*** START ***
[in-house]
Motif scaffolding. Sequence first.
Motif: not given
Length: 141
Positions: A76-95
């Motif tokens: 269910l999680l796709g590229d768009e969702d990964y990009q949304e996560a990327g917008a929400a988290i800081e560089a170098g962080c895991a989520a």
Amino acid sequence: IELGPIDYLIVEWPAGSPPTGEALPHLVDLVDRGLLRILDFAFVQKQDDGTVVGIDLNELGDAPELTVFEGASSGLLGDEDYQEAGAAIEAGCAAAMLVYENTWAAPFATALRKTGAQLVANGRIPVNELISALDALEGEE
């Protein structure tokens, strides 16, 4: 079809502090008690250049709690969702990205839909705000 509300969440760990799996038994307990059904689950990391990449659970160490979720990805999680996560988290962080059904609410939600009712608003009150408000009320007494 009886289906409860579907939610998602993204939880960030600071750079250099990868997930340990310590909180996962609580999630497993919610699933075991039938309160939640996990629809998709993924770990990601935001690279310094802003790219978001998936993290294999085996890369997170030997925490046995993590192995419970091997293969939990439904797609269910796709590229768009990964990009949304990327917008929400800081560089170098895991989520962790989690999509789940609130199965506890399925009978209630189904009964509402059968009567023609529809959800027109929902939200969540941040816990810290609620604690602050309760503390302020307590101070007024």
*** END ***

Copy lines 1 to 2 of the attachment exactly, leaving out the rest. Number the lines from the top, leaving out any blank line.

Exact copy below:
[in-house]
Motif scaffolding. Sequence first.